CANADA FX DEBT-Canadian dollar rebounds from 3-week low as housing starts surge

    * Canadian dollar rises 0.2% against the greenback
    * Loonie touches its lowest level since Aug. 17 at 1.3259
    * Price of U.S. oil increases 1.8%
    * Canadian bond yields trade mixed across a steeper curve

    TORONTO, Sept 9 (Reuters) - The Canadian dollar rose against
the greenback on Wednesday as oil prices rebounded and domestic
data showed a surprise jump in housing starts, with the loonie
recovering from an earlier three-week low ahead of a Bank of
Canada interest rate decision.
    The price of oil, one of Canada's major exports, clawed back
some of the losses it sustained in the previous session, but a
rebound in COVID-19 cases in some countries undermined hopes for
a steady recovery in global demand.             
    U.S. crude        prices were up 1.8% at $37.43 a barrel,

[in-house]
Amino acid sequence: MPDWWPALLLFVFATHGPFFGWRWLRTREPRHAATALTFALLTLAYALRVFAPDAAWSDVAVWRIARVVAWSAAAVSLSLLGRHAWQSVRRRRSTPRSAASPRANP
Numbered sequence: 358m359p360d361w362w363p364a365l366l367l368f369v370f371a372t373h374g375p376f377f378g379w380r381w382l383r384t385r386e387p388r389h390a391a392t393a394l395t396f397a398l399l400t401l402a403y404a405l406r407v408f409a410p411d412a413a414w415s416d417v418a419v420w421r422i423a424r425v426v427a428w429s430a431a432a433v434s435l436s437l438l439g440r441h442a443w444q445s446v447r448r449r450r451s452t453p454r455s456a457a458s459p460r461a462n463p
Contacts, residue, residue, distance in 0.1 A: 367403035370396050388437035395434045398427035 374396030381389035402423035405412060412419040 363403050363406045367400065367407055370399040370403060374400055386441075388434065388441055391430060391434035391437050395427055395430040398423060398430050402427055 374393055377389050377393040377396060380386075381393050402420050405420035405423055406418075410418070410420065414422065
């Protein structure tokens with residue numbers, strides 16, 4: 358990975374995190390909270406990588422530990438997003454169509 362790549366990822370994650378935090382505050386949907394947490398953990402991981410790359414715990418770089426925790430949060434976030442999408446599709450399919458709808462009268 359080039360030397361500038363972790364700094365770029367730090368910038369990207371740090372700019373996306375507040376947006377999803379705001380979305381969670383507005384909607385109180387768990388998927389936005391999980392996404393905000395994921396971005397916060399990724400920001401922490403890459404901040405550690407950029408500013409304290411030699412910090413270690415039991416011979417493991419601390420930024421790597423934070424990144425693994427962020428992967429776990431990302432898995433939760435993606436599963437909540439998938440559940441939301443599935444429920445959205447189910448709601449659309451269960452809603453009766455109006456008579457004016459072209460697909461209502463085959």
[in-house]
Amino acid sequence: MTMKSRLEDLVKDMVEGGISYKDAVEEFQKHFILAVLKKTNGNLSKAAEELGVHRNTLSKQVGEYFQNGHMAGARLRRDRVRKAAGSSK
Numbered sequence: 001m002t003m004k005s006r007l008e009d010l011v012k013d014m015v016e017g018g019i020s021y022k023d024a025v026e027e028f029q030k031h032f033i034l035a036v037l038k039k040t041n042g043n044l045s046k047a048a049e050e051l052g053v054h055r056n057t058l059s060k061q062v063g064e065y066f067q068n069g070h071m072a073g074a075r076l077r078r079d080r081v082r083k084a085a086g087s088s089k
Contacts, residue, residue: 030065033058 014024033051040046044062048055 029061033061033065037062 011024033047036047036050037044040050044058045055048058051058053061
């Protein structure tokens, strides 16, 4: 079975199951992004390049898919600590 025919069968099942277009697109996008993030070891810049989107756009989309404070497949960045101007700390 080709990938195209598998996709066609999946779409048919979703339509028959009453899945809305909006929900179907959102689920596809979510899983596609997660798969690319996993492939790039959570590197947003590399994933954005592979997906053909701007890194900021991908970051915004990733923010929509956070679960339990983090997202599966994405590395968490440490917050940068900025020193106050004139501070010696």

while global equity markets shrugged off heavy losses for U.S.
tech stocks and a major drugmaker delaying testing of a
coronavirus vaccine.             
    Canadian housing starts rose 6.9% in August compared with
the previous month to a seasonally adjusted annualized rate of
262,396 units. Economists had expected starts to fall to
    The Canadian dollar        was trading 0.2% higher at 1.3200
to the greenback, or 75.76 U.S. cents. The currency hit its
weakest intraday level since Aug. 17 at 1.3259.
    The Bank of Canada is expected to leave its benchmark
interest rate on hold at 0.25% on Wednesday and at least until
the end of 2022, a Reuters poll showed, despite data suggesting
to some analysts that the economy is recovering faster than the
central bank expected. The central bank's rate decision is due
at 10 a.m. (1400 GMT). 
    Canadian province British Columbia on Tuesday ordered the
closure of all nightclubs, and Ontario delayed an easing of
remaining restrictions imposed to fight the coronavirus
pandemic, as Canada reported a spike in new COVID-19 cases.
    Canadian government bond yields were mixed across a steeper
curve on Wednesday, with the 10-year             nearly
unchanged at 0.567%.

 (Reporting by Fergal Smith; editing by Jonathan Oatis)